North Brooklyn Angels is a small organization with deep local roots hoping to make a big impact. Executive Director Ryan Kuonen explains “The program was a dream of a Greenpoint old timer, Neil Sheehan. Born and raised here in a large Irish Catholic family, he has spent his life feeding people. He teamed up with local Episcopalian Pastor, John Merz, who was running a soup kitchen that was going to be displaced from its physical location. He has been a big part of Occupy Wall St & Hurricane Sandy relief efforts and was really motivated to be part of a mobile soup kitchen project.” Kuonen joined the project in 2016, and is the only full-time employee. Claudell Lewis, Alan Minor and Felice Kirby work part-time, and volunteers provide the rest of the energy, serving, cooking, and even driving North Brooklyn Angels’ beautiful blue truck, known as the “Angelmobile.”
The Angelmobile is a 40-foot food service truck equipped with office space. With it, North Brooklyn Angels hopes to “create a busload of hope, love, & nutrition, serving people hot, healthy meals at strategic locations around the neighborhood and providing a mobile office space for the many wonderful charitable & human service programs already operating in the neighborhood.” Continue reading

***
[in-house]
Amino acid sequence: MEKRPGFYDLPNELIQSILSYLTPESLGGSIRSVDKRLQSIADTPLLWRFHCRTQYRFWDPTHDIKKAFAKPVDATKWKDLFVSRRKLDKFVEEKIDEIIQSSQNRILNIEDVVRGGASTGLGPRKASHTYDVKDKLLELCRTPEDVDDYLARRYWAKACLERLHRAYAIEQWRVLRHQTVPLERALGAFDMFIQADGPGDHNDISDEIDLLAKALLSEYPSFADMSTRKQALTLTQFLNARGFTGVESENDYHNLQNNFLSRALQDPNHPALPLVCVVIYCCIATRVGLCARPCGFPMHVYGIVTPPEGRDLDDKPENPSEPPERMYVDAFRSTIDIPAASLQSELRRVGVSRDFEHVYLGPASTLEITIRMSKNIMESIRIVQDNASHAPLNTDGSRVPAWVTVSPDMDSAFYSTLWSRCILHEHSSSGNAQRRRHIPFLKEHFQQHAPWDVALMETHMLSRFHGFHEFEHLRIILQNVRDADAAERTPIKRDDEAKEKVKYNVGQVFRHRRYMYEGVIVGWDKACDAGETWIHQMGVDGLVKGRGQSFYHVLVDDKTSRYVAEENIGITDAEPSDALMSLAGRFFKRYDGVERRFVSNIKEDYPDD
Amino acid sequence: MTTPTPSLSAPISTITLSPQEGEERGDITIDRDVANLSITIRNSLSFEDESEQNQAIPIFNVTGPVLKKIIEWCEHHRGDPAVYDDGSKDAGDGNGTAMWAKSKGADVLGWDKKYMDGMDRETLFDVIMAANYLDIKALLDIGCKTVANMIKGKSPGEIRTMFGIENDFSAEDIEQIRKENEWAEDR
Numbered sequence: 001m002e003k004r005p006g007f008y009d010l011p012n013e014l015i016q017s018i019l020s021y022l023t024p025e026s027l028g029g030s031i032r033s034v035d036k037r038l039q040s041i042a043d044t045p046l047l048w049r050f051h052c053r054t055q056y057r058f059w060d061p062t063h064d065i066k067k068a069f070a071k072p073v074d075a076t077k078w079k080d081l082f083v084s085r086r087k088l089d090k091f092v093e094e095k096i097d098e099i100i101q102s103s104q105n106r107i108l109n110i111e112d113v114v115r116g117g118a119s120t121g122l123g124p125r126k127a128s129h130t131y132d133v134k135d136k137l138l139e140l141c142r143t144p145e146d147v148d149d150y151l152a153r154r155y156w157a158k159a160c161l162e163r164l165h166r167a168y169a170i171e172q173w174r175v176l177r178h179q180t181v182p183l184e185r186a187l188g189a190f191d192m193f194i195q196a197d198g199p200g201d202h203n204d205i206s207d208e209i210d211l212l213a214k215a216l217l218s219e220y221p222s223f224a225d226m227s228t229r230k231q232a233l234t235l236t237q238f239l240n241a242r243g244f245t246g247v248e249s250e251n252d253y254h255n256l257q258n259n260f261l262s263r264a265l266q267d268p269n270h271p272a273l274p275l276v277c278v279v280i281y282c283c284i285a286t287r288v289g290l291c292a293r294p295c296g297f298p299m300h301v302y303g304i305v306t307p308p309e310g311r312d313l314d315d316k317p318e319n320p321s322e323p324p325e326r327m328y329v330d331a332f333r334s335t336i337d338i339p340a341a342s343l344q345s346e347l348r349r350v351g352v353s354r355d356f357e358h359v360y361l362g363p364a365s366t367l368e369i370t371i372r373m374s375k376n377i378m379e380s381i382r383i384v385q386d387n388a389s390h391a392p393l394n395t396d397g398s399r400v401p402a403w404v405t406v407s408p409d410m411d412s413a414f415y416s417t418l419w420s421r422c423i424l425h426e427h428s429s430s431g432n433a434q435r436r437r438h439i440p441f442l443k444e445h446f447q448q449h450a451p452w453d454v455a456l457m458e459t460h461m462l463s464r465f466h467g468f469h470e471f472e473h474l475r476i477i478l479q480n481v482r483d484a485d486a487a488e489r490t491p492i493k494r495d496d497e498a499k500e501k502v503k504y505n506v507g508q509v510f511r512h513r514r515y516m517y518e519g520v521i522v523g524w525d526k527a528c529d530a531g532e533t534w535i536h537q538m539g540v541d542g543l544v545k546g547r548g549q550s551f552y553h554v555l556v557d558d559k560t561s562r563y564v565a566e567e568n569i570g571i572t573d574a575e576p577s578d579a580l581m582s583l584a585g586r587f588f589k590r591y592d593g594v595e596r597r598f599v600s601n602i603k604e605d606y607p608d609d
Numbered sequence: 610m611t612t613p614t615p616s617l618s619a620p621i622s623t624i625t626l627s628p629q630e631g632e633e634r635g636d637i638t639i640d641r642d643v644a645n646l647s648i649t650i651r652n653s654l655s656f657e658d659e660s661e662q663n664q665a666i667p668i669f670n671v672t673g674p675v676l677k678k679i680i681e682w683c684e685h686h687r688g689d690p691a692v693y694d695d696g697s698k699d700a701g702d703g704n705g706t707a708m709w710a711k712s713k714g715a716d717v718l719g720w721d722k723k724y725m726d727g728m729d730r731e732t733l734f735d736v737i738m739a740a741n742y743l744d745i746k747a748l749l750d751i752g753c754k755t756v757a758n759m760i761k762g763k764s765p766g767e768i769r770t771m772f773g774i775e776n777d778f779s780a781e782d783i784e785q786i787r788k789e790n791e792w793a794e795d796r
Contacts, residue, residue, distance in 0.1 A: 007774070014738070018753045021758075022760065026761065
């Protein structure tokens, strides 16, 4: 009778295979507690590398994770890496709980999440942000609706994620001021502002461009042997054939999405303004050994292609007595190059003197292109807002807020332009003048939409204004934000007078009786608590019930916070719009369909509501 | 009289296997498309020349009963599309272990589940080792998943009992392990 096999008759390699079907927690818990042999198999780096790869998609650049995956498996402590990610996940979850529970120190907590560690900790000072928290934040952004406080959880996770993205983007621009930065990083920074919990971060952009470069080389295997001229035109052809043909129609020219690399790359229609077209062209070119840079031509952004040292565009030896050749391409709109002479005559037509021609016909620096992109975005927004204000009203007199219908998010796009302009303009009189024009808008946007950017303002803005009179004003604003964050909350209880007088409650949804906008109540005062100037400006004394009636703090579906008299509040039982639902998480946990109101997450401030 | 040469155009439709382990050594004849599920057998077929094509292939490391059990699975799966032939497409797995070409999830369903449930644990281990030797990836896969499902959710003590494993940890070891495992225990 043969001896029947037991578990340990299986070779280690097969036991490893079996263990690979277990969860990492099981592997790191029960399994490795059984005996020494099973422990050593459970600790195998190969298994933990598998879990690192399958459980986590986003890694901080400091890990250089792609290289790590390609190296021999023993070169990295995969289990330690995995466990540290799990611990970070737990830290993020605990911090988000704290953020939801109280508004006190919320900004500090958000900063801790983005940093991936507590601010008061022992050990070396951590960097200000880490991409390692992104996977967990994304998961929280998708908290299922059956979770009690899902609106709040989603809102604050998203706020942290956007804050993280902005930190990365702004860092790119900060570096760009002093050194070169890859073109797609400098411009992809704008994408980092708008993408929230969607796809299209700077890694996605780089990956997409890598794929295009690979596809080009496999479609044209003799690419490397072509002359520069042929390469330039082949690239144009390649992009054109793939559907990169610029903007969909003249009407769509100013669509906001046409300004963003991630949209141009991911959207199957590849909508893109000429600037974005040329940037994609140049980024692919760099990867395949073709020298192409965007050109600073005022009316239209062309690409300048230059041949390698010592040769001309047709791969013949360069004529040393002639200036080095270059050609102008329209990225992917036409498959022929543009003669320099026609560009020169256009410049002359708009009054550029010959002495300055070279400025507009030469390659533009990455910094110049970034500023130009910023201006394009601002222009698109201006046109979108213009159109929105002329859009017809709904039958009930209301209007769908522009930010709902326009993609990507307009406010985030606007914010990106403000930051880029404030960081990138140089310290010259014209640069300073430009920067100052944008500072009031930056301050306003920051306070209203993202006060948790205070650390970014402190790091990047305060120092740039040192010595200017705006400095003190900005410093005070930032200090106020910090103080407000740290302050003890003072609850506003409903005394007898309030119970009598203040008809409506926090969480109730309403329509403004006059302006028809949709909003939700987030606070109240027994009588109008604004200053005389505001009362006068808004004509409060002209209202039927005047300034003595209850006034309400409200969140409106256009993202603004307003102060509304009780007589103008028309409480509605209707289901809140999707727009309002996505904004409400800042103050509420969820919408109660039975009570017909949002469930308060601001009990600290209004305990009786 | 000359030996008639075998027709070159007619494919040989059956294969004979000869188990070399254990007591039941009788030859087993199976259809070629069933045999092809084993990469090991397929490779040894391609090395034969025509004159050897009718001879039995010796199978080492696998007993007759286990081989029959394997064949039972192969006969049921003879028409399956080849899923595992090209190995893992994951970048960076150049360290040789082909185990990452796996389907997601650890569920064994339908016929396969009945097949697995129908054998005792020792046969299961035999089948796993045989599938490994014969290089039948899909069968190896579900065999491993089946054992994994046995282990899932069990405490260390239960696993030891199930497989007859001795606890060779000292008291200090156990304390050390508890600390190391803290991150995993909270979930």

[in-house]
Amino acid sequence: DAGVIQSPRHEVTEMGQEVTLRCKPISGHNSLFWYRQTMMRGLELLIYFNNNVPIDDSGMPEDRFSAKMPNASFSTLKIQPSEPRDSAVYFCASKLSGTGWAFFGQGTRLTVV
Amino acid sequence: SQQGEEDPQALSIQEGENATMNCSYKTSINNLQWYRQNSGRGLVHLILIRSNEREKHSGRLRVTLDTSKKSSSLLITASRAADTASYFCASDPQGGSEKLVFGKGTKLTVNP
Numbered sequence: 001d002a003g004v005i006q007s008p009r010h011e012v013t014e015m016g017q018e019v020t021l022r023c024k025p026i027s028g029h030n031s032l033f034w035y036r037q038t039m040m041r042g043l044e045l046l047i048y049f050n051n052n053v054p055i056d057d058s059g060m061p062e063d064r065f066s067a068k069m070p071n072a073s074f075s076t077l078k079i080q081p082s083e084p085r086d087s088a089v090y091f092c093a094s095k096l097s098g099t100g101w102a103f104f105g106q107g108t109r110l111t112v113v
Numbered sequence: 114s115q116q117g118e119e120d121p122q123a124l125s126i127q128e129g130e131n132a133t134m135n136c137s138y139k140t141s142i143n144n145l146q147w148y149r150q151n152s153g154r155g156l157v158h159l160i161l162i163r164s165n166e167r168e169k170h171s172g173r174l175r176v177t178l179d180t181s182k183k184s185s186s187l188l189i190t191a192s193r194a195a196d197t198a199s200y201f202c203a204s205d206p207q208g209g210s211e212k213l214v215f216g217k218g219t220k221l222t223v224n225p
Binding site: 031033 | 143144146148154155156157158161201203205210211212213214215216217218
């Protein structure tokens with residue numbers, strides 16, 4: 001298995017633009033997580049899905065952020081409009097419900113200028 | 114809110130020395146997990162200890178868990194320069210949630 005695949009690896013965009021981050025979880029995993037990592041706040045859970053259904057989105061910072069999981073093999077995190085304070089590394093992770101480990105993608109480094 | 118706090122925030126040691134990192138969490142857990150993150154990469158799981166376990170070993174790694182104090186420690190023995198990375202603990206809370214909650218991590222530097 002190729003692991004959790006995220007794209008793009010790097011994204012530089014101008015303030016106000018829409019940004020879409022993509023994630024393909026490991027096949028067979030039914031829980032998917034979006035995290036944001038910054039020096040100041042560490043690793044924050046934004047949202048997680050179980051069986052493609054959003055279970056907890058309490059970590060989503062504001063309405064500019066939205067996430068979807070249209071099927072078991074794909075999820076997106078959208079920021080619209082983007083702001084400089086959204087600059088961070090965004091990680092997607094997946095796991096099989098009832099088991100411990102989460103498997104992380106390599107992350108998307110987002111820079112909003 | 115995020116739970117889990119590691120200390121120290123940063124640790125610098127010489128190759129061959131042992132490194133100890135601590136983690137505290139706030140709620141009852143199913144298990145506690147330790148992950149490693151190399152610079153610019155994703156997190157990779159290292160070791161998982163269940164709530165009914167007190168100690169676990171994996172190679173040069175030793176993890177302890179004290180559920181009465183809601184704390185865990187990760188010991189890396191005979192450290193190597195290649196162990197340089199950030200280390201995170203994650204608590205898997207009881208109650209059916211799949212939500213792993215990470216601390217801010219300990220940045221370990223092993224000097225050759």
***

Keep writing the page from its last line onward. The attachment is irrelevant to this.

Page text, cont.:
If you’re interested in North Brooklyn parks and have some time to dedicate to a good community cause, then this gig with the North Brooklyn Open Space Alliance might be for you!
The Open Space Alliance for North Brooklyn is seeking someone to manage the growing group of generous, dedicated volunteers working to make their neighborhood parks and community better. The Volunteer Coordinator is a new position and is responsible for recruiting, training, supervising, rewarding and retaining the individuals belonging to OSA’s Volunteer Corps. The Volunteer Coordinator will help volunteers engage in opportunities that meet their interests. He / she will track volunteer performance data, and create program reports for the community, the OSA board and staff and its funders. The commitment is 10-15 hours per week. The role is ideally suited to a retiree or a homemaker willing to make a long-term commitment. Experience managing individuals and/or a team is required. Experience managing volunteers is preferred. Please contact OSA Executive Director Joe Mayock if you’re interested in learning more.